The other great musical talents that helped me out on the cd, namely John Dunbar, Jim Smart, Todd Bernhardt and Daryl Bean have all been friends of mine for a while. I always try to think of what each person can do best and then match their talents with the songs that would benefit most from them. In the old days I would try to do everything myself; now I’m much more open to having other people play along, and do things I could never do on my own.
It seems you always had a skill for the goofy musical composition. Is that what got you into children’s music?
MF:I suppose it is what led me into doing children’s music, but it wasn’t intentional. The fact that I wrote "adult" songs which were playful and silly with lots of lyrical tomfoolery, led both Andy Partridge and Martin Newell to independently suggest to me that I should do a children’s album. It seemed like a good idea at the time because I really didn’t know what I wanted to
do next, and I generally thrive when given some kind of fun project I can really dig my brain into.
Tell me a little bit about the craziness on your stint with "The Howard Stern Show"
MF: You might be disappointed to find out that while I did work *for* Howard Stern, I did not work *with* him. Which is to say that I edited his tv show but we did the editing away from the radio station. So any of the craziness that happened during the radio show was confined to video tape by the time it got into my personal space. However, there was never a shortage of infantile nonsense, gratuitous nudity (which is not necessarily a good thing when you have to blur ever single frame of it by hand, and that includes horrible implants, naked dwarfs, vomiting, and small penis contests,) and lots of behind the scenes footage that no one ever gets to see of celebrities in the green room, etc.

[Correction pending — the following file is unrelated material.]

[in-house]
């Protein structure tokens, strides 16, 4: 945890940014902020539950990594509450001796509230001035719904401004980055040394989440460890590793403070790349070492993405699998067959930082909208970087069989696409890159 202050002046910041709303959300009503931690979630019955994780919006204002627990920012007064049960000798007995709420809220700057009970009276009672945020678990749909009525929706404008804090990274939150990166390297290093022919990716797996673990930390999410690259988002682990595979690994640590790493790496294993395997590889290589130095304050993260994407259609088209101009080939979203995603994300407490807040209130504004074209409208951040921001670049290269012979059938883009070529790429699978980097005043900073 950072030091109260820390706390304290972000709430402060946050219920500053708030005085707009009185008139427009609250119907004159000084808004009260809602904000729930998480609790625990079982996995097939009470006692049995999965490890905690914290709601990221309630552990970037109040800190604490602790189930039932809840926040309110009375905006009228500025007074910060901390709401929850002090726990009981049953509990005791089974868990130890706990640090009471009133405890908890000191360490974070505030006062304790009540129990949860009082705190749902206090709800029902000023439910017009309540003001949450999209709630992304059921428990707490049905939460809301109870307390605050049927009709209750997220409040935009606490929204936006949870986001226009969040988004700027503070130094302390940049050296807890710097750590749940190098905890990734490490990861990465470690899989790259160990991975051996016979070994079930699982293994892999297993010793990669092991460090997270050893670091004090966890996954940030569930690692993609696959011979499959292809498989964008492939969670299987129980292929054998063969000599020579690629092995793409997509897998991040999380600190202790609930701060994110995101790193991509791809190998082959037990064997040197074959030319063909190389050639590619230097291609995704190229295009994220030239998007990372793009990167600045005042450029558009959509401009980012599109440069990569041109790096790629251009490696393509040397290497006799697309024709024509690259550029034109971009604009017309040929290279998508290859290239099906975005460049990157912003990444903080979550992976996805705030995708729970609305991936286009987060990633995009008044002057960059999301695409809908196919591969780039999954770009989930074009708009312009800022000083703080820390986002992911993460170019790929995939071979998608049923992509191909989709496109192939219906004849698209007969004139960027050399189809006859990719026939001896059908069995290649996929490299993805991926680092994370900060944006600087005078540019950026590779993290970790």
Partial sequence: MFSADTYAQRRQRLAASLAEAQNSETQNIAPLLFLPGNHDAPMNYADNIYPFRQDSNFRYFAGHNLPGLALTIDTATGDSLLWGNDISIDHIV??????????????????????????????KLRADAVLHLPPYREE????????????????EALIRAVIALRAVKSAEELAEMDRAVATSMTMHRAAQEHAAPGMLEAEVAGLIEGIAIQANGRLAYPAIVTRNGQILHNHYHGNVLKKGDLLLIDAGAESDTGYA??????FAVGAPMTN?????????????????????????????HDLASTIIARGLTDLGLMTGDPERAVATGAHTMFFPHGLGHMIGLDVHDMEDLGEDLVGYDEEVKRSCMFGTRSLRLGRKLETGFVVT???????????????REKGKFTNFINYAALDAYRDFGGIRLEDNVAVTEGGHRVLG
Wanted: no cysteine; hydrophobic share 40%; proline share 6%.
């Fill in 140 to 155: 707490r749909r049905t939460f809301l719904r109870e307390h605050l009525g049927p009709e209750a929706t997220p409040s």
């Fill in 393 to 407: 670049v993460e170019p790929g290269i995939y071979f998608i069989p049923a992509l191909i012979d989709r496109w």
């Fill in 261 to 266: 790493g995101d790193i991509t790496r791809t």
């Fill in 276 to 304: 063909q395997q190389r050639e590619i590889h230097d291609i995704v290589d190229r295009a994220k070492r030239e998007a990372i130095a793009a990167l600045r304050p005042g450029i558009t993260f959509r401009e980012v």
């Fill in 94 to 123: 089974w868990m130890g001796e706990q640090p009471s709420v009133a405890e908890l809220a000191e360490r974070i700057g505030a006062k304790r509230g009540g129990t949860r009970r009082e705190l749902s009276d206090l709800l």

As jobs go, it was the least serious and most ridiculous work I’ve ever been paid for. Plus we were encouraged to add our own immature idiocy to what started out as the most idiotic stuff you could ever imagine. In the two years I worked on the show I got to meet Howard Stern on three occasions, for a cumulative running time of about 1 minute and 30 seconds. But I did get to hang out with Beetlejuice for a few hours one night at a party.
You mentioned that "Game Show Teeth" is for immature adults —
any chance you could get even more serious, or is that not in your musical DNA?
MF: I’ve tried to write a completely serious song, with no humor in it whatsoever. That’s "Make Yourself at Home" from Game Show Teeth. Did I succeed? I’m not sure. I enjoy serious songs written by other people, but I just don’t take myself seriously enough as a songwriter to get away with it. That’s not to say that I am not proud of the songs I’ve written. What I mean is that I’m not convinced that I have something really important to try to convince people of. "Make Yourself at Home" ended up being just another one of my songs in a different genre — the genre of "serious songs." That amuses me.
Songwriting and producing the songs I’ve written is fun. And I get added pleasure when I can create music that hopefully provides fun for other people too. Everyone can get their serious songs from somewhere else. What good is a serious song if it’s not serious enough?